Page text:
May the luck of the Irish be with you

This is the week that we all are a wee bit Irish.

I have a friend who is more than a wee bit Irish. She and her hubby took a St. Patrick’s Day quiz and both scored 100 percent.

Irish IQ. There were questions I could not have even guessed at, so I’m not going to share my final score with anyone. My Irish I.Q. isn’t something you would be green with envy over.

Candy, who is related to the great Jimmy Cagney, probably has green blood pulsing through her veins. Candy’s only daughter, Kerry, was born on St. Patrick’s Day, an amazing symbolic blessing to her Irish parents.

Kerry, an amazingly talented Irish dancer, won many competitive events and has the ribbons and trophies and photographs to prove it.

Irish ancestors. Though I will never out-wit my Irish friends in a pop quiz or a dance competition, I do have Irish ancestors. Andrew Kelly is one of my many-times-great grandfathers who lived in Ireland and was educated to be a Catholic priest.

Family lore tells that he turned against the religion and renounced his priesthood to follow the teachings of Martin Luther. Ireland, obviously predominantly Catholic, upheld very strict laws regarding priests leaving the Catholic faith.

Andrew was marked for death. Some of his friends helped him escape by devising a box that he could get into and lock from the inside. It was then placed on a dock with cargo for a ship heading for the new world.

Shipwreck. After the ship was out on the ocean, he unlocked the box from the inside and stepped out. It is reported that this ship wrecked and ran aground near Virginia and the passengers had to take life boats to shore.

On this life boat, Andrew supposedly met a Lutheran girl from Germany. They were married several years later, though there are no ship records for documentation and the year is not known.

Andrew’s first son was born in the new world in 1816 and it is interesting that he was named Martin Luther Kelly. He is buried in a cemetery near here.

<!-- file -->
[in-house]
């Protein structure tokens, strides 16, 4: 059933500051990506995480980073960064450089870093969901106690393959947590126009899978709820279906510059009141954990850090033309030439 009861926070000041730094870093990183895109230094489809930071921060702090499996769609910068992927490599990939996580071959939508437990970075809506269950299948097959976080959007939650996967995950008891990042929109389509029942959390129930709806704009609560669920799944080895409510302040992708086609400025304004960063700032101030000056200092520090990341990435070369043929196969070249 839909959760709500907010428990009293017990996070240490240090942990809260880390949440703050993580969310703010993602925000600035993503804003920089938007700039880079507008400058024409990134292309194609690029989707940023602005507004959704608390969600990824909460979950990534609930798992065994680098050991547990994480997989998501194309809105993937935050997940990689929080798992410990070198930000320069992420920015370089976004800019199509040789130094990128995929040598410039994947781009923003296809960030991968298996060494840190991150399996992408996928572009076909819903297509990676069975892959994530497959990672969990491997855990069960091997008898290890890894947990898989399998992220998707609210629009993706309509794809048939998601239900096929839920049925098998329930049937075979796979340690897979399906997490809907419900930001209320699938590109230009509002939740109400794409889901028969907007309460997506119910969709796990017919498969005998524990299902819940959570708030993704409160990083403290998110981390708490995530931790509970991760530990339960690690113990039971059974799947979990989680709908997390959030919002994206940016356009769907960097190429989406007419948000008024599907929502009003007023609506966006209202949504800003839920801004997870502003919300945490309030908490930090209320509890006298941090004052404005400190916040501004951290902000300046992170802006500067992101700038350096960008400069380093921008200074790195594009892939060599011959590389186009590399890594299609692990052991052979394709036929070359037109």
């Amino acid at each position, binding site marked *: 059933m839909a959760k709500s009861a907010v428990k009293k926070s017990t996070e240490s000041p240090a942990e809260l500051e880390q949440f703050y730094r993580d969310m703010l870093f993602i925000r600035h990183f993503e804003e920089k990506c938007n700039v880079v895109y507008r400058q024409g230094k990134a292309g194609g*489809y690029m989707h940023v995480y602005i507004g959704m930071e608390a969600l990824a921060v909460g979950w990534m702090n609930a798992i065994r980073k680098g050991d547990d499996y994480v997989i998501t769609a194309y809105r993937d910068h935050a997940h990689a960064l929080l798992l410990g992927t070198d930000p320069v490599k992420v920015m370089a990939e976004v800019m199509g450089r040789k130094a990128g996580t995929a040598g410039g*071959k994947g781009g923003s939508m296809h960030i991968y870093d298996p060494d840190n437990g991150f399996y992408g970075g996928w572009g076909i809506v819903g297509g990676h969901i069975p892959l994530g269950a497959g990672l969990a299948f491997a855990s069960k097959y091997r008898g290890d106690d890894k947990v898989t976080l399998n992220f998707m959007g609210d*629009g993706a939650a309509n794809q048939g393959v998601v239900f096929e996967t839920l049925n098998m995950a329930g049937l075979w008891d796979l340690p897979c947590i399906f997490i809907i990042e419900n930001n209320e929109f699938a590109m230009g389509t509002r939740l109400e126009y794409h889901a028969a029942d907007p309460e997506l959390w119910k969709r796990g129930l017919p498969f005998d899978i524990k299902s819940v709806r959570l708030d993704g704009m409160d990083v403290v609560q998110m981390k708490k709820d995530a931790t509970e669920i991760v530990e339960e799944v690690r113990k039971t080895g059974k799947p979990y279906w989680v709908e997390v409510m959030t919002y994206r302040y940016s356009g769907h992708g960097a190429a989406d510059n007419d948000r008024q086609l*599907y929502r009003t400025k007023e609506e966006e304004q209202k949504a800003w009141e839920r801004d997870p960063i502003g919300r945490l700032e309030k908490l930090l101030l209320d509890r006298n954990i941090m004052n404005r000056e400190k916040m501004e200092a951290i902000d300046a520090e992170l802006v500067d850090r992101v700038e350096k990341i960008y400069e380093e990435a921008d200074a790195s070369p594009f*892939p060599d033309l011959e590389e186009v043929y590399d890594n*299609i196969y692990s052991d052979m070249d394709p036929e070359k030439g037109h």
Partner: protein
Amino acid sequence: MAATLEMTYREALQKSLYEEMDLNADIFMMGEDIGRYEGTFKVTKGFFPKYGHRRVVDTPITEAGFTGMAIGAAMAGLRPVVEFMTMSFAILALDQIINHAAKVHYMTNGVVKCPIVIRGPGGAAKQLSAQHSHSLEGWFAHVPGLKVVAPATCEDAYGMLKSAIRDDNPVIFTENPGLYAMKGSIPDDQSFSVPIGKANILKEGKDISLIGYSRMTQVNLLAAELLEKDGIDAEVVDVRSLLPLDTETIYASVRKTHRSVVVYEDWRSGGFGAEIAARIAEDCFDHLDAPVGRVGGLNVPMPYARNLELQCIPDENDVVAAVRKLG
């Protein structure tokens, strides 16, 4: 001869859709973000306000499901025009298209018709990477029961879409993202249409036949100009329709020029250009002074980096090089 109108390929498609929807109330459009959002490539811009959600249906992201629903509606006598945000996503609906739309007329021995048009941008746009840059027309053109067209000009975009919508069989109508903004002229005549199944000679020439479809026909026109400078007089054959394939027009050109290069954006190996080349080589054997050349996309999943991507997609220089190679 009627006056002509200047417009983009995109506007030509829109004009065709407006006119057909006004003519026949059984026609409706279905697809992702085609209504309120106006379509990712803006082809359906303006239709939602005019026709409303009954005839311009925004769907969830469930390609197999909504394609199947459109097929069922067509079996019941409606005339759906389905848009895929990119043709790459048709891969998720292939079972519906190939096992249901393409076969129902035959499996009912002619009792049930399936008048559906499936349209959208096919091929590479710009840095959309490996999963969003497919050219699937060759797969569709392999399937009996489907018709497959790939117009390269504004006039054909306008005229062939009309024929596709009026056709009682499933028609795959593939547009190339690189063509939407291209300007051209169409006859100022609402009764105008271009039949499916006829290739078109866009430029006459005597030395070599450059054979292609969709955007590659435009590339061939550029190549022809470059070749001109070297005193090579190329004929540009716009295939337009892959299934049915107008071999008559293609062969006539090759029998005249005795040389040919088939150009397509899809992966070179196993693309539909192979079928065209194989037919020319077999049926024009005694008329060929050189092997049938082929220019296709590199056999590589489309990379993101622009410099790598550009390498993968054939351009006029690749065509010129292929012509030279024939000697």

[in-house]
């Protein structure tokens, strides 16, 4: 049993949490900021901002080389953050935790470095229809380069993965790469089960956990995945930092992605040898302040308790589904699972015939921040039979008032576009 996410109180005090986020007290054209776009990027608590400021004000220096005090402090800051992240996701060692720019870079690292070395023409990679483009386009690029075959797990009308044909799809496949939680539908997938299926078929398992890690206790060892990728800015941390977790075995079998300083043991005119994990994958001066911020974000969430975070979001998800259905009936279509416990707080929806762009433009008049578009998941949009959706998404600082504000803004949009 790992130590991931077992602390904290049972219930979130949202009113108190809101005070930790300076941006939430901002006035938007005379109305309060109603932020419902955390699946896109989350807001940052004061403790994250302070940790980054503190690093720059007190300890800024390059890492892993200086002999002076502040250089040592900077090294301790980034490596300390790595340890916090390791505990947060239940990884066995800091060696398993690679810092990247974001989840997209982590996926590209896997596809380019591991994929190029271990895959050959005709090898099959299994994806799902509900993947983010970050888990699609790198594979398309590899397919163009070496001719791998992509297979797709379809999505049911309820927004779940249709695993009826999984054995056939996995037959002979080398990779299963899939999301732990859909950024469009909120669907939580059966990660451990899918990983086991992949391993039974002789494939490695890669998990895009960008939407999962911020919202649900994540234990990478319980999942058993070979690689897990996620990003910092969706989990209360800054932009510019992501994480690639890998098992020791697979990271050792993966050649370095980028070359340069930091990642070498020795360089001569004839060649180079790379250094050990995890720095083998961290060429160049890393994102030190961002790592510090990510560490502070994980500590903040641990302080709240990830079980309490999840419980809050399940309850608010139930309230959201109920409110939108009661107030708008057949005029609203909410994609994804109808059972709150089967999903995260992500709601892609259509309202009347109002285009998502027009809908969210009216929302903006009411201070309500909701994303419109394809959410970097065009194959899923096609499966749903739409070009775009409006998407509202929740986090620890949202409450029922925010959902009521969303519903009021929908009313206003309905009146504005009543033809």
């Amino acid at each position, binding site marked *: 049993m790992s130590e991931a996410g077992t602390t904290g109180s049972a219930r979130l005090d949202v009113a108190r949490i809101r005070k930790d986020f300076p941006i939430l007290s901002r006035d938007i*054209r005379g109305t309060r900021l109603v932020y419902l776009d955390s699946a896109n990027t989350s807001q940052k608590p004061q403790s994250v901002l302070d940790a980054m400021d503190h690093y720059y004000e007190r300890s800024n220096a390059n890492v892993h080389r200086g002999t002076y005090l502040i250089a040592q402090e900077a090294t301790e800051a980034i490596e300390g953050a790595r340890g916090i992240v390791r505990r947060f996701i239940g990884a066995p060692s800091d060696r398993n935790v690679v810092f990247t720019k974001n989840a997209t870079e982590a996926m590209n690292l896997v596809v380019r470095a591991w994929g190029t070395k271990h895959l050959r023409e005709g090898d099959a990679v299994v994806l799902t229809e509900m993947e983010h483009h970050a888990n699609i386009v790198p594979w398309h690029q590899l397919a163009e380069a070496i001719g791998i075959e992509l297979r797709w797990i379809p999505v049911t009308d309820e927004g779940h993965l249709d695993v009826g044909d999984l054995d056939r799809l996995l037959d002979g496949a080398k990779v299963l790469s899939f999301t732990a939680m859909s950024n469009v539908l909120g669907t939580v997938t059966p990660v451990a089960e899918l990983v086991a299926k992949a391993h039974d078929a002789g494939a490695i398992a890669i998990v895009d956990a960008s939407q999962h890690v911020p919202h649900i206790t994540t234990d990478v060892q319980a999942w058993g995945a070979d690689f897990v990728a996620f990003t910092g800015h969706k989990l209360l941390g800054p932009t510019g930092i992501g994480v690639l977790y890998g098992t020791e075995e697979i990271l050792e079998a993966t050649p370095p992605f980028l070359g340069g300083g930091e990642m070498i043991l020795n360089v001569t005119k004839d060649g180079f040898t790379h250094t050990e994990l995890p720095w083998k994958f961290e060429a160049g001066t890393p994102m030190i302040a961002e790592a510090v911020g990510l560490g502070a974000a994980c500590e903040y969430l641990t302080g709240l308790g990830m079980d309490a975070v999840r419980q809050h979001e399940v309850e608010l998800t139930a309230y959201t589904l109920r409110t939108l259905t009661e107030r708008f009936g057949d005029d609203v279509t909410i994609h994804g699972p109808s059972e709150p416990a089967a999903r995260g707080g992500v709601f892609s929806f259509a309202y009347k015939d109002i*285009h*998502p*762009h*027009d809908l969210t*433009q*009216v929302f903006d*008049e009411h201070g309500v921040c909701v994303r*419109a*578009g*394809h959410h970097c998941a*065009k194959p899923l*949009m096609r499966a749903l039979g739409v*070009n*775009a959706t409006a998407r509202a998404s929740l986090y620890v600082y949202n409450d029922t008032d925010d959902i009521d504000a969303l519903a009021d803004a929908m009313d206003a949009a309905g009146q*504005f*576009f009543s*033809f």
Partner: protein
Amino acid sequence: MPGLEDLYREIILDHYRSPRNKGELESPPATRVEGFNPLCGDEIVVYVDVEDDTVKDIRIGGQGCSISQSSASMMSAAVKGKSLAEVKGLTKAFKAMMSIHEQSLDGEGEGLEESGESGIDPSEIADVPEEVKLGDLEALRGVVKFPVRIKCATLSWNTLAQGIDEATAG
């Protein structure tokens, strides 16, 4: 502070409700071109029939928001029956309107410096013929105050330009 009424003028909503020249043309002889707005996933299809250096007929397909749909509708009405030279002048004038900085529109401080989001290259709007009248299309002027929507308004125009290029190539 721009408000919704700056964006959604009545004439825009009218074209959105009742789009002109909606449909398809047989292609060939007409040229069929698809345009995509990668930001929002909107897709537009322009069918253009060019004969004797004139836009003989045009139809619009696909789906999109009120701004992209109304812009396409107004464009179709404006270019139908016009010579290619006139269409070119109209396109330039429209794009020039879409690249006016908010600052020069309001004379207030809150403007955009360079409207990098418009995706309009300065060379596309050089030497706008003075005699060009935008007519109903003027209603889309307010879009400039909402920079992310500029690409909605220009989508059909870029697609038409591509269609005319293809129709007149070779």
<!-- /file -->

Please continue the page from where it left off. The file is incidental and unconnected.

About St. Patrick. Saint Patrick is given lots of credit as the centuries roll by, and one story that was handed down through many generations is that Saint Patrick drove snakes from the Emerald Isle, some say by charming them in to the sea.

One author, Chet Raymo, says that while Saint Patrick’s achievements were many and real, driving snakes out of Ireland was not one of them.

Ireland is truly snakeless, which is reason enough to dream of living there, but the curious absence of reptiles on Irish soil is probably due in larger part to its climate.

Reptiles in Ireland. During the most recent ice age, Raymo tells, the flora and fauna of the British Isles were pushed south by advancing glaciers and cold. Slowly, the plants and animals came creeping back.

The snake made its way from France to Britain, but its migration further west was cut short by the rising waters of the Irish Sea. The lizard, being much quicker, established itself as the only reptile on Irish soil.

So, Saint Patrick did not drive the snakes out of Ireland as many myths have purported over the centuries. The ice drove them out and the water kept them out.

Luck of the Irish. And that is your bit of Irish education for the week. Here’s hopin’ you have a hearty dose of Irish luck to go along with it!

About the Author

Judith Sutherland, born and raised on an Ohio family dairy farm, now lives on a 70-acre farm not far from the area where her father’s family settled in the 1850s. Appreciating the tranquility of rural life, Sutherland enjoys sharing a view of her world through writing. Other interests include teaching, reading, training dogs and raising puppies. She and her husband have two children, a son and a daughter, in college. More Stories by Judith Sutherland

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